How to Do Still Life Drawing

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As children, we all drew things and were proud of what we created. As youngsters, we were carefree, took joy in what we did, and we weren't self-critical. It's only as we get older that we begin to become aware of our limitations and the errors we make. Unfortunately, this often leads to people putting down their crayons and paints for good.

More often than not it's the perfectionists that take this action. However, the truth of the matter is that practice makes perfect and if you apply this principle to drawing, you will, if you persevere, improve.

The challenges that all artists face

There is little doubt that drawing something can be challenging - even for experienced artists. You have to think about getting the proportions right. It's essential to make sure that certain elements of your drawing don't look out of scale. Making your drawings appear lifelike and not childish is key.

Where to start

A great place to start is with drawing still life. In theory, it is simply copying an inanimate object. The first thing to do is to decide what that object will be. There are plenty of places from which you can get inspiration. Look for photographs in books, magazines, or on the web. But first, a word of caution.

It's far better to draw things from real life. Get inspiration from books etc. by all means, but don't copy straight from them. Photos are usually two dimensional and therefore flat with little depth in them. Drawing real-life objects will give you so much more detail to work with, including a sense of perception and depth.

Start simple

Start off by drawing simple things. You can choose things like pots and pans, fruits or vegetables. Just one tip here. Ignore anything that is too complicated or overly ornate. Again, remember the old adage - practice makes perfect. Once you've mastered the simpler items, you can then move onto the ones that present more of a challenge.

Here are some great ideas for what to draw.

Light is important when you draw. It is best to have one specific light source. Try not to use multiple lamps or overhead lights. What you need to try and achieve is a good contract between highlights and shades. Sunlight is excellent, but just bear in mind the changes as the day wears on. If you find you have to use a lamp, check that the light from any windows does not interfere.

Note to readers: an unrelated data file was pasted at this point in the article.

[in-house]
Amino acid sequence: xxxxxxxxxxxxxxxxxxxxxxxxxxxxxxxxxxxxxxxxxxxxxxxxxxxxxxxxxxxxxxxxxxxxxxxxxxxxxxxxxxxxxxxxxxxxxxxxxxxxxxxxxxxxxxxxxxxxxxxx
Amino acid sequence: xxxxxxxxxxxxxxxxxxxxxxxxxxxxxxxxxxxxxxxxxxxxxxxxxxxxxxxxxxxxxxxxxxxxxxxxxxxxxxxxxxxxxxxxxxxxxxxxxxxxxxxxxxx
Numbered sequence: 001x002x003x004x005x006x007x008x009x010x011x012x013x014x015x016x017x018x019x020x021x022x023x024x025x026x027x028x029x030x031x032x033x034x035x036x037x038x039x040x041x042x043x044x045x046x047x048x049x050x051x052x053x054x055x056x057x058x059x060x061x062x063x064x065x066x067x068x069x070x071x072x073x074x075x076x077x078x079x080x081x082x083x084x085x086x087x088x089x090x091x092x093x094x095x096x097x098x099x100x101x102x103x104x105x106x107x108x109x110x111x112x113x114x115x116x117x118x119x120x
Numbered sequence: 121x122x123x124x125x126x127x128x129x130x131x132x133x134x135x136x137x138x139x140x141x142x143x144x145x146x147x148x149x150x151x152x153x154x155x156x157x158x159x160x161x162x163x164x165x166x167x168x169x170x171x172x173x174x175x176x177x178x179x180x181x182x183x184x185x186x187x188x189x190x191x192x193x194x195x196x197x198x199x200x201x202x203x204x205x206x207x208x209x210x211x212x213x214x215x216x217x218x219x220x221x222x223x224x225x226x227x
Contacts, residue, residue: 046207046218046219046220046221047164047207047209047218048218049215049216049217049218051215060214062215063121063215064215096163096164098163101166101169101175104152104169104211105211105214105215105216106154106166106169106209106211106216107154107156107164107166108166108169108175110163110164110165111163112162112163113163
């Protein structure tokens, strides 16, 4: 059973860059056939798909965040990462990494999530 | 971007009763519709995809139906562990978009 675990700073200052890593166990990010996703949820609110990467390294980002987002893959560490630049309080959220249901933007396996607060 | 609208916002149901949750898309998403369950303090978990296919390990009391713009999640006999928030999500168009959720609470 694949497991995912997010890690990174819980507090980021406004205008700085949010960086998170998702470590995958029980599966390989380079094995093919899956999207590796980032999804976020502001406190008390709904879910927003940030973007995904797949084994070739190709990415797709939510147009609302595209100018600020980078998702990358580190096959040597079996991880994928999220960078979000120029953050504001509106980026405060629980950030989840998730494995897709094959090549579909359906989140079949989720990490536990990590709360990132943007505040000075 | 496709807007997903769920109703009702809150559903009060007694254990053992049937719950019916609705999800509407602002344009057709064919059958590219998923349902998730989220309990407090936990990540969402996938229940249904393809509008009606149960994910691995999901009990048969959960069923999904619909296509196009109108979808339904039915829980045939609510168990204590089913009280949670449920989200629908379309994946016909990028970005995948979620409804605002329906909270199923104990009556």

If you want to draw multiple objects, it's best to position them so they overlap. Placing objects so that their edges almost touch is not recommended. Drawing items that overlap will generate more interest from the viewer's viewpoint and will also provide depth.

You can mix and match - some items overlapping, some barely touching and some thing or things standing alone. Generally speaking, variety adds interest.

Choose the most exciting angle

You'll be surprised how an object's perspective can change when viewed from different angles. So obviously, you want to choose the view that shows it off best. Take a few minutes to walk around the subject and see which angle you prefer. You should also consider tweaking the positioning and adding other items in too. Don't start drawing until you're happy you've got it right. Now for the serious part.

Getting the proportions and angles right

Getting the proportions right is paramount if your work is to be truly representative. It is vital to ensure you keep the relationship right between the various heights and widths, and that you match the direction of lines in accordance with those of your subject matter.

This guide will help.

It's also essential to get the angles right. If it helps, you can use a viewfinder or view-catcher to make the angles clearer. These gadgets are relatively inexpensive although you can make your own version if you prefer.

Comparing relational sizes and angles

By holding your pencil out in front of your eyes, you can check the angles of the lines and things like the height or width of the different objects compared to each other or their surroundings. Take a look at how the edges and lines intersect.